Thursday, September 9, 2004


I was thinking last night about two things. The first is how wonderful the internet is at bringing people together. Cross stitching, and needle arts in general, are not as popular as they used to be. Once upon a time, when women didn't have to juggle two jobs - one outside the house, and the other inside - we actually had a little free time to devote to hobbies, and needlework was somewhat popular. From the 70s forward, women, especially those in their 20s and 30s (the childbearing years) simply don't have time. Moreover, sitting home doing anything hasn't been popular for several decades. Nowadays everyone is climbing walls, working out, surfing, what have you. The number of those practicing the needlearts is dwindling and most needle artists tend to be over 40 (the start of the "finally have time to breathe" years).

Thanks to the internet, however, you can make friends with many other cross stitchers you wouldn't have otherwise met. We can get together and support each other in our hobby without so much as having to leave our homes. It's pretty awesome. I have local cross stitching friends too, and nothing personal, I rather get together "in real life" than online even though I'm a geek. Nevertheless, I belong to at least a dozen online cross stitching groups (if not more) - all of which I used to post daily to.

The second thing I was thinking about is how the internet, wonderful as it is, tends to suck you (and your free time) in. You start out thinking, "I'm going to check my mail" or "I'm going to see what's new in the group" "I'm just going to read the news" and before you know it, you are surprised that an hour (or two or three) has passed. This loss of time begins to be problematic if it continues over an extended period of time and, eventually, burns you out as seem to have less and less time for everything and you don't seem to accomplish as much as you used to - both of which cause constant stress.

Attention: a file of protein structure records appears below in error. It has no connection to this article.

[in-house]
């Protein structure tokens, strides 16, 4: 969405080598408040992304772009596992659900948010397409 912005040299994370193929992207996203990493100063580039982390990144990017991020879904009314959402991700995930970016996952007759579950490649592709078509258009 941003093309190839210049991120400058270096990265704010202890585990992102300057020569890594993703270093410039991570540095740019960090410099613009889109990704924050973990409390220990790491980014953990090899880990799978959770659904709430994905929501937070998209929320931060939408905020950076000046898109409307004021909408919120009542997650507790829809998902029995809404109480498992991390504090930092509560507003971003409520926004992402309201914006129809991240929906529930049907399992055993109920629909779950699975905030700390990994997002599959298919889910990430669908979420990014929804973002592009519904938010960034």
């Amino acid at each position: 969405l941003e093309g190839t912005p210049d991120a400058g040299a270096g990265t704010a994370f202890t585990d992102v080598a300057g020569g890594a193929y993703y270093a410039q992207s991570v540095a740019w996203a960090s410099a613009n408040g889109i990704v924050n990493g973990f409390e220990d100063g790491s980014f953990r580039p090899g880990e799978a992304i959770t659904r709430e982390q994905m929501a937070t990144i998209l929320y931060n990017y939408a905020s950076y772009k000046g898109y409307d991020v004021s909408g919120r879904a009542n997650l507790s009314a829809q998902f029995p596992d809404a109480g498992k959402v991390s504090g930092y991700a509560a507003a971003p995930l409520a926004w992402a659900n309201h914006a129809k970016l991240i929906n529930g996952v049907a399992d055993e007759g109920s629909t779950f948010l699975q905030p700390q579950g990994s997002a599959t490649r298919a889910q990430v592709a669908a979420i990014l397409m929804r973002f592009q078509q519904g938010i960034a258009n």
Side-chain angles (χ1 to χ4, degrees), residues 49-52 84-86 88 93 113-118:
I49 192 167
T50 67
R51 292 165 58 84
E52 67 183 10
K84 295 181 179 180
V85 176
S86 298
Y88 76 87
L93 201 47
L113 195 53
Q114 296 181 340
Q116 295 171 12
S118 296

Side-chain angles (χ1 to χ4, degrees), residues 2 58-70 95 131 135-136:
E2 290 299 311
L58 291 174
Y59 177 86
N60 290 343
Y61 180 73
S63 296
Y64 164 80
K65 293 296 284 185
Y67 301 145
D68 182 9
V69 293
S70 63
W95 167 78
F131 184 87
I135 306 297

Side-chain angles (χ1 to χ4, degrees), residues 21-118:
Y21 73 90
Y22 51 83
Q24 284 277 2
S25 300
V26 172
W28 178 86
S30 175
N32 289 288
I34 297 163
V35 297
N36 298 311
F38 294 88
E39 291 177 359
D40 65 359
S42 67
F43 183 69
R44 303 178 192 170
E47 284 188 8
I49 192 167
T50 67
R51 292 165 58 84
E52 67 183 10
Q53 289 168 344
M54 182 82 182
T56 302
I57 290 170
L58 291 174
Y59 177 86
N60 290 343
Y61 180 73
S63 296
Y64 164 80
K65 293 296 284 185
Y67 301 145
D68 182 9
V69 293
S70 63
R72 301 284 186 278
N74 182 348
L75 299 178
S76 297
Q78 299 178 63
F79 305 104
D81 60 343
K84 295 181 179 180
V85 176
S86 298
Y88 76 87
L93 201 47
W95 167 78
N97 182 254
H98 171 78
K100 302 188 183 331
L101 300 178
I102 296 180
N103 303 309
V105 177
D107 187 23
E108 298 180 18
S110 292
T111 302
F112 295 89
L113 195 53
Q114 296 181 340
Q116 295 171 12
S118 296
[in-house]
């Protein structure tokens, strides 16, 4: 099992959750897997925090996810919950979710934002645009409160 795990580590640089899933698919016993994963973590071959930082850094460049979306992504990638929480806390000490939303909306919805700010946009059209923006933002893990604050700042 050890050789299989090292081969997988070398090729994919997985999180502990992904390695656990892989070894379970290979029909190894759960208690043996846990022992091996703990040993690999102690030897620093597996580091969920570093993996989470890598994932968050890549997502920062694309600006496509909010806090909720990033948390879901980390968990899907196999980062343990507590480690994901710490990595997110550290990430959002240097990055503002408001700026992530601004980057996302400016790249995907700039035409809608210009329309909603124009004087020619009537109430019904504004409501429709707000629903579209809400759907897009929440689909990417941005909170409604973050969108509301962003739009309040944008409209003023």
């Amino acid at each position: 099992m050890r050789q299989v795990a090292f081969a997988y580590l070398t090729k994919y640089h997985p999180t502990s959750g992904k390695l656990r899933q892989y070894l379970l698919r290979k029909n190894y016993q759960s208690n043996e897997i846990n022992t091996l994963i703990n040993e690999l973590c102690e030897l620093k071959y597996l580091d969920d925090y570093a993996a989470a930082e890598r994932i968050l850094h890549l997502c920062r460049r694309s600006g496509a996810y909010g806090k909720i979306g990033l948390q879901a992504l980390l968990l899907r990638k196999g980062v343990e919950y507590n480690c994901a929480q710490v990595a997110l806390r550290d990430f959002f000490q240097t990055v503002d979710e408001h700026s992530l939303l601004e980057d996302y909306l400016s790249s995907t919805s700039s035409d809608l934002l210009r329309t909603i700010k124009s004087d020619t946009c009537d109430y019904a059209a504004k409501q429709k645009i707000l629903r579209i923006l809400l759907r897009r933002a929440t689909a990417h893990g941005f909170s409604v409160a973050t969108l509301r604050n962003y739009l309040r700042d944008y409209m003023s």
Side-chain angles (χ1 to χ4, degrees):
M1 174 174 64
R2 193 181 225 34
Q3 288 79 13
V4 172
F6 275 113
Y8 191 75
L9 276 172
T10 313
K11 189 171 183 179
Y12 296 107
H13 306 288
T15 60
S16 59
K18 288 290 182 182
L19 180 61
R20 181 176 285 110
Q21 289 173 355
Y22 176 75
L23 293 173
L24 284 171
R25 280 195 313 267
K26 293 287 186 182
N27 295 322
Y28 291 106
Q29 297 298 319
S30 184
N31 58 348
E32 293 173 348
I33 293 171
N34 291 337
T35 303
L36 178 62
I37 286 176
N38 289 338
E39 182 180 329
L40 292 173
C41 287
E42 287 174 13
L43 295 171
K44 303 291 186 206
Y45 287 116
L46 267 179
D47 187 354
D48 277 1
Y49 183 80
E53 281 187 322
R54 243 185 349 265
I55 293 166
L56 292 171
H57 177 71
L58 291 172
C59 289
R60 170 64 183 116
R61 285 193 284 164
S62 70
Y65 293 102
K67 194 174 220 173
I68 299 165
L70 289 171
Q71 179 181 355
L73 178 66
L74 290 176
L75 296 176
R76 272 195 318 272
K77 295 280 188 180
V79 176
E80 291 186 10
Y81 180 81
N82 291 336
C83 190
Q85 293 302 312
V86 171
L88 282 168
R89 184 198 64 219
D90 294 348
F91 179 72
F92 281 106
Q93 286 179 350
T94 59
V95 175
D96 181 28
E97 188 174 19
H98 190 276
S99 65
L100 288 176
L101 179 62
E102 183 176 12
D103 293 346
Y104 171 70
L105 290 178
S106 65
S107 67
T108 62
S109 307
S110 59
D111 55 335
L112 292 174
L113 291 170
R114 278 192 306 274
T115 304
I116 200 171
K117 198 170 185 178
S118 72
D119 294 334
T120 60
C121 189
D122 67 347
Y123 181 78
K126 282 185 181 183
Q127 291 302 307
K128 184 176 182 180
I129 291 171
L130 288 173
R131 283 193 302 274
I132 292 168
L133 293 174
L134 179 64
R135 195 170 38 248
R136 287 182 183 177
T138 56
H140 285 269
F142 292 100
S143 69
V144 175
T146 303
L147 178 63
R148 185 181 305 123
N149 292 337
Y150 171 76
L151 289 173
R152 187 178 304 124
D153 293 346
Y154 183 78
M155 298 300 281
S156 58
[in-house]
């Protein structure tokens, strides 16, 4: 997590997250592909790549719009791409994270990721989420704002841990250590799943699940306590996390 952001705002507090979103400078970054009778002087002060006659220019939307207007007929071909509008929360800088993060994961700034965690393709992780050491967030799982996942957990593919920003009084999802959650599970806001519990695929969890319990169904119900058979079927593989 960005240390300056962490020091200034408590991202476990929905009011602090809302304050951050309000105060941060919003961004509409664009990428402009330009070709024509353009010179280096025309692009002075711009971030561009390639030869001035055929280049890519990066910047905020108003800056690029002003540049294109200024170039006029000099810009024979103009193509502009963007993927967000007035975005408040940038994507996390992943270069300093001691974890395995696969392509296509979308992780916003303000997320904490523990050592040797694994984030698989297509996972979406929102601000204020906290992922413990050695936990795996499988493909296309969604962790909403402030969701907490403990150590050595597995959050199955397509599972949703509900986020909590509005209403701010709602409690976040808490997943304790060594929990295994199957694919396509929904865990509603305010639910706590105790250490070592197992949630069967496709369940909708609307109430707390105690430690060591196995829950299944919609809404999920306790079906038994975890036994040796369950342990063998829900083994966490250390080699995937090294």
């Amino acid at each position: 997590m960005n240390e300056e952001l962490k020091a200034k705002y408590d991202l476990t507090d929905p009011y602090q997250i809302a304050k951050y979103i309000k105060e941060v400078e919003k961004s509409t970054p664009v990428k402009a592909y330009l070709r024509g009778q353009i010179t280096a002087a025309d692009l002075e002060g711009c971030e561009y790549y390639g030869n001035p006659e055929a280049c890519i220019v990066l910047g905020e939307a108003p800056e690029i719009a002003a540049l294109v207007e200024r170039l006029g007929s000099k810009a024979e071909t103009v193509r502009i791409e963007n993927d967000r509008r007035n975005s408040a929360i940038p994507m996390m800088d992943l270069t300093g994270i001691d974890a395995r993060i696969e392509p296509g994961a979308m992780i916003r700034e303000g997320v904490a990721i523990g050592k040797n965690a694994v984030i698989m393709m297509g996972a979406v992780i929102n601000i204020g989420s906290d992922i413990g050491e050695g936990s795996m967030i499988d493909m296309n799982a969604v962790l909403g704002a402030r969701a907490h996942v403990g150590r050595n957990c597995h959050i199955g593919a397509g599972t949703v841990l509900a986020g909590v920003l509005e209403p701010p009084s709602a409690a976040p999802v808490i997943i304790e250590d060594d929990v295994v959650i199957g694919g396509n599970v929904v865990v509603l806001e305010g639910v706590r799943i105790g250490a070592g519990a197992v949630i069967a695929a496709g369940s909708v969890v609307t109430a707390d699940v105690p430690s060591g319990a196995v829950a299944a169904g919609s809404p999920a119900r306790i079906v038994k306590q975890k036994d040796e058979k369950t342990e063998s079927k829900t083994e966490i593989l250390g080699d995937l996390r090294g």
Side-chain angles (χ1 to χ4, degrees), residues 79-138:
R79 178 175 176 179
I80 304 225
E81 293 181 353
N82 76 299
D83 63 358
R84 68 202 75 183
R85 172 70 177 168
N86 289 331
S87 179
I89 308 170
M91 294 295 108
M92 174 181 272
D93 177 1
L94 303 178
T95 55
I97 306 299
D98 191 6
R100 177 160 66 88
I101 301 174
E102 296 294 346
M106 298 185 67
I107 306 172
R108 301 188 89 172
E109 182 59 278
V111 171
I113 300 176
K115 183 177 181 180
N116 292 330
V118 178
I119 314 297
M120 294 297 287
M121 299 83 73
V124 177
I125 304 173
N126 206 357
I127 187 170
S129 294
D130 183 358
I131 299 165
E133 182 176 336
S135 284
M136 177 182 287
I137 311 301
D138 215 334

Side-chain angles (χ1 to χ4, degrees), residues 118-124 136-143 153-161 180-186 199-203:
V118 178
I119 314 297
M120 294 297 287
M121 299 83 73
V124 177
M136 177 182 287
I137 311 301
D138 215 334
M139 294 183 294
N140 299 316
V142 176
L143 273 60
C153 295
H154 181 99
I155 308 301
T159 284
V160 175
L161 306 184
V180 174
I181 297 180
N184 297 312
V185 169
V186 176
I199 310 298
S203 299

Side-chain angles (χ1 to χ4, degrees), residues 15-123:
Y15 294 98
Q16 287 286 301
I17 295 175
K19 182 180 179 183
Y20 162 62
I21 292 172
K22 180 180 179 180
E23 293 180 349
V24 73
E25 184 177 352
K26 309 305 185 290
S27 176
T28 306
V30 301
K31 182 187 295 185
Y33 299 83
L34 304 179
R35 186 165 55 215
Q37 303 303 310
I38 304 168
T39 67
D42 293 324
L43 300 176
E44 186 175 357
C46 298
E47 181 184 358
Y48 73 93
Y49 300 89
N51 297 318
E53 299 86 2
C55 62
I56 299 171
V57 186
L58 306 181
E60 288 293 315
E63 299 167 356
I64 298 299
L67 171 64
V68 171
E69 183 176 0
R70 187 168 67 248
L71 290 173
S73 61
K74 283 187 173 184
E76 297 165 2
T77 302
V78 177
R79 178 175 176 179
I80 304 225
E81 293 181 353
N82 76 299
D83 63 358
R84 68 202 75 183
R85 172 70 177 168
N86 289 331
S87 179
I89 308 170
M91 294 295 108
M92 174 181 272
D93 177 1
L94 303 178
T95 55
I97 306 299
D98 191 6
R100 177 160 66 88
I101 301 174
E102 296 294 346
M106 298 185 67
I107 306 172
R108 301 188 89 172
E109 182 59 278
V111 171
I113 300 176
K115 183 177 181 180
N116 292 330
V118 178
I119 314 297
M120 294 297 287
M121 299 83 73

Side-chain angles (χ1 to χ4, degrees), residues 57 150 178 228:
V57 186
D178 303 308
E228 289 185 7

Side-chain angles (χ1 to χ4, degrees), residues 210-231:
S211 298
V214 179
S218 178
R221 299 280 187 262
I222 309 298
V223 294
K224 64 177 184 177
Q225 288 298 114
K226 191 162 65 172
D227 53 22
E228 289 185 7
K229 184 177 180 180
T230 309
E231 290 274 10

The fact of the matter is that we can do anything we want, but we can't do everything we want. Time, once spent, can't be reused, so we need decide how much time to devote to what and try to stick to it. Many people don't have problems balancing their internet time. I'm online a lot because I have been working in e-commerce for a long time now, and for me it can be a problem simply because I am online as many as 12 hours a day, between work and pleasure. Even so, a lot of us are working at computers all day even if we don't work for internet-based companies. I've been staring at a screen daily since 1989!
So, the point I'm getting at here, is that many of us are burning ourselves out unnecessarily. A few months ago, I started using a timer for personal computer use. Not one of those dorky kitchen ones, but on my computer. I spend one hour at a time and when that's over, I walk away. I have a mandatory 20 minute wait before I get on again. If at work, I allow myself a 10 minute mental health break to check my mail and maybe check out a group. Only 1 such break for every 4 hours of work. I feel more in control now and these groups, and the internet, have not collapsed from my absence. I also don't feel as stressed as I used to - I actually have time now for other things. Well, my hour is up, folks. Gotta get ready for work. I will be back later today to post about needlework and current events.


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